the Paraclete v. Does, 204 F.3d at 1012.
motion for relief under Rule 60 of the Federal Rules of Civil
Procedure was timely. "Relief under Rule 60(b) is
committed to the sound discretion of the district court and
is warranted only under exceptional circumstances."
U.S. v. Rice, 594 Fed.Appx. 481, 484 (10th Cir.
2014). Rule 60(b) permits a district court to "relieve a
party . . . from a final judgment, order, or proceeding"
for six specific, enumerated reasons. Fed.R.Civ.P. 60(b).
Keene's motion entirely fails to specify the reason upon
which she relies. Upon review of that motion, the court
cannot identify any allegations that fall within reasons
included in Rule 60(b)(1)-(5), which leaves the catch-all
provision of Rule 60(b)(6), "any other reason that
justifies relief, " as the only potentially applicable
vehicle for relief. Specifically, Rule 60(b)(6) permits
relief from a final judgment for any reason that justifies
relief, other than the reasons listed in Rule 60(b)(1)-(5)
and "requires a showing of extraordinary circumstances,
" Gonzalez v. Crosby, 545 U.S. 524, 536 (2005).
Extraordinary circumstances are those "so unusual or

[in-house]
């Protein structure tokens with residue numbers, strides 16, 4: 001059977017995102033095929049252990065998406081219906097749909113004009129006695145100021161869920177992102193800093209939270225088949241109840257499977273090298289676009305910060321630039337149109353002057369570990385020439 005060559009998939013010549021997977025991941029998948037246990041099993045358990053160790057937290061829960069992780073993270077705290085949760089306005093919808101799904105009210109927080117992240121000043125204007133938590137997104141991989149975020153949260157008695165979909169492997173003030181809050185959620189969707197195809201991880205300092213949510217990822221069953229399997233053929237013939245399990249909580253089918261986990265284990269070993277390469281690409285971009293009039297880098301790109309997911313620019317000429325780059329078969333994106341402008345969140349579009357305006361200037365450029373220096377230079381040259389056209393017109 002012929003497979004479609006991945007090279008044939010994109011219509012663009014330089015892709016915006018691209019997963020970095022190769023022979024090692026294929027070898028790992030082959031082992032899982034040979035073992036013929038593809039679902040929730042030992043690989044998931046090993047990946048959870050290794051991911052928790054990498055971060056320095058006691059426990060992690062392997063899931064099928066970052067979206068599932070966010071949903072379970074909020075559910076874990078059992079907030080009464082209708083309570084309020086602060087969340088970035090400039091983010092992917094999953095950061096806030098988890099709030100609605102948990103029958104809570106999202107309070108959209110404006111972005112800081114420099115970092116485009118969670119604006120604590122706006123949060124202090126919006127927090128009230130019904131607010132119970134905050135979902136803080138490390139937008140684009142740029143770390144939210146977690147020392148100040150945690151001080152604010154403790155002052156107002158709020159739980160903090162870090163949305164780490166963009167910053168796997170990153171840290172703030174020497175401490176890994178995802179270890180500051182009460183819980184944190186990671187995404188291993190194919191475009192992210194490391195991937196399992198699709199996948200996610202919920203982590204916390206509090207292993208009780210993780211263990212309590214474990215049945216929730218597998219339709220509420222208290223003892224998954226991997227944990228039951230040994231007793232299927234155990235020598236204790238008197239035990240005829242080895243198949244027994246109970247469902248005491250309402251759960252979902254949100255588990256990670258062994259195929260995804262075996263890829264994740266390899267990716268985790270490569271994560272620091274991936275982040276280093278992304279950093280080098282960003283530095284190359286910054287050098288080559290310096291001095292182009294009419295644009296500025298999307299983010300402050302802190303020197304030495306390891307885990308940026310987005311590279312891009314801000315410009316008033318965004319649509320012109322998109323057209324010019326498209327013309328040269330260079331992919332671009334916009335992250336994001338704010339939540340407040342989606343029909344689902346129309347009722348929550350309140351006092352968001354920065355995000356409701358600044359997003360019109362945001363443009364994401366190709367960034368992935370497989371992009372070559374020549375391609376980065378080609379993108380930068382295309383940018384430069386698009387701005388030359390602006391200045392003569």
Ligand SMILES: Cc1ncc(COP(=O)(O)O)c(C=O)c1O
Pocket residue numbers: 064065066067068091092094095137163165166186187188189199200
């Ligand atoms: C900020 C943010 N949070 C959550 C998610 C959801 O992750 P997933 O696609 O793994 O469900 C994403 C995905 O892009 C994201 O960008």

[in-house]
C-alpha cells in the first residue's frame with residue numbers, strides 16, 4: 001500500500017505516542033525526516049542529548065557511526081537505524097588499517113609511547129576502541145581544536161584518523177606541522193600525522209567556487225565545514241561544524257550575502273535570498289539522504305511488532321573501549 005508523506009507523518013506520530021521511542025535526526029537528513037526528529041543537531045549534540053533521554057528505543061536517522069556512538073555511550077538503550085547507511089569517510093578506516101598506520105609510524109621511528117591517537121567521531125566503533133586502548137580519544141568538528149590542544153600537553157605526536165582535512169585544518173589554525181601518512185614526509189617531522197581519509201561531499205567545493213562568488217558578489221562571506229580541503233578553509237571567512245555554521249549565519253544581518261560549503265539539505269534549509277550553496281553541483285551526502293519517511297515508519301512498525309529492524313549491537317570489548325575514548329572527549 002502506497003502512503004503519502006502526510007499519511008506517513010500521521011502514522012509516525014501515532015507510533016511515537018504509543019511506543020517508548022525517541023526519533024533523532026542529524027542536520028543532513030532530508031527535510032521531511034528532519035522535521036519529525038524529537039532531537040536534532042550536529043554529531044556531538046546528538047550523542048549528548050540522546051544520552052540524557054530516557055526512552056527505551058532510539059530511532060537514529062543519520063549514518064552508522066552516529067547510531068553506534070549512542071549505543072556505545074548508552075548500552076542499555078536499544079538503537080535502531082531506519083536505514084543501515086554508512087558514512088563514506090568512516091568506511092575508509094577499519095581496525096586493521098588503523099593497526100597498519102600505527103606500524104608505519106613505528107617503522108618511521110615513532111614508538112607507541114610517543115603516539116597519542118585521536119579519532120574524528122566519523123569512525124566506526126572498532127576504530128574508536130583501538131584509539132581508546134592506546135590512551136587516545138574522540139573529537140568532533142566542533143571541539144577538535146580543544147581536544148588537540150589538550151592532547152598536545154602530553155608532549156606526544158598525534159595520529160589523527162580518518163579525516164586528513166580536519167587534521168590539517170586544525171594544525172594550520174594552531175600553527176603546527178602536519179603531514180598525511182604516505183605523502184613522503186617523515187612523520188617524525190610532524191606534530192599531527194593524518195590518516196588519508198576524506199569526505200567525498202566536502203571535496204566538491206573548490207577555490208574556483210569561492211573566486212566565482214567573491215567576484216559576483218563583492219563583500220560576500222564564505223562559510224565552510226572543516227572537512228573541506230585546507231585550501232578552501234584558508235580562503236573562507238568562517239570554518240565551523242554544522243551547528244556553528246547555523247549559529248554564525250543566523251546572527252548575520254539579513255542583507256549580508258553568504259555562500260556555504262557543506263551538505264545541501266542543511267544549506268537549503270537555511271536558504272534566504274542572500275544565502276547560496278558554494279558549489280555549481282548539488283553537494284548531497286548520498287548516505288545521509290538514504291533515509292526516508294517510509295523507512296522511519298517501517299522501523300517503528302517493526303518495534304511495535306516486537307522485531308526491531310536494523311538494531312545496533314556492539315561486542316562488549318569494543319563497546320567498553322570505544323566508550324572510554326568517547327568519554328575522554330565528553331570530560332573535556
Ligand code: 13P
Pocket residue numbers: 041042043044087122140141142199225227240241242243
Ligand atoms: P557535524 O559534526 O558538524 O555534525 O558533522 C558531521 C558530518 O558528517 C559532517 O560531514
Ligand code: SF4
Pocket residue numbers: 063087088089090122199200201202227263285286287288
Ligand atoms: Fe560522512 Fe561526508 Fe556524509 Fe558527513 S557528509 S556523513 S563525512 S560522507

compelling that extraordinary relief is warranted, or when it
offends justice to deny such relief." Cashner v.
Freedom Stores, Inc., 98 F.3d 572, 580 (10th Cir. 1996)
(internal quotation marks omitted). Rehashing the same
arguments and points previously made to the court are not
extraordinary circumstances. See McGee v. Rudek, 573
Fed.Appx. 729, 731 (10th Cir. 2014). The court also notes
that Keene's motion mischaracterizes the pleadings in
this case, the court's decision, and the cited bases for
the court's rulings. To the extent that Keene argues that
the court misapplied California law not previously cited by
the parties,  the court specifically finds that
Keene's arguments are based on mischaracterizations of
the pleadings in this case and that her arguments have no
reasons stated above, the court DENIES Keene's motion in
its entirety. (Dkt. No. 214.) Plaintiff need not respond to
 The court finds that neither a
response from the plaintiff nor oral argument would
materially assist the court in deciding the ...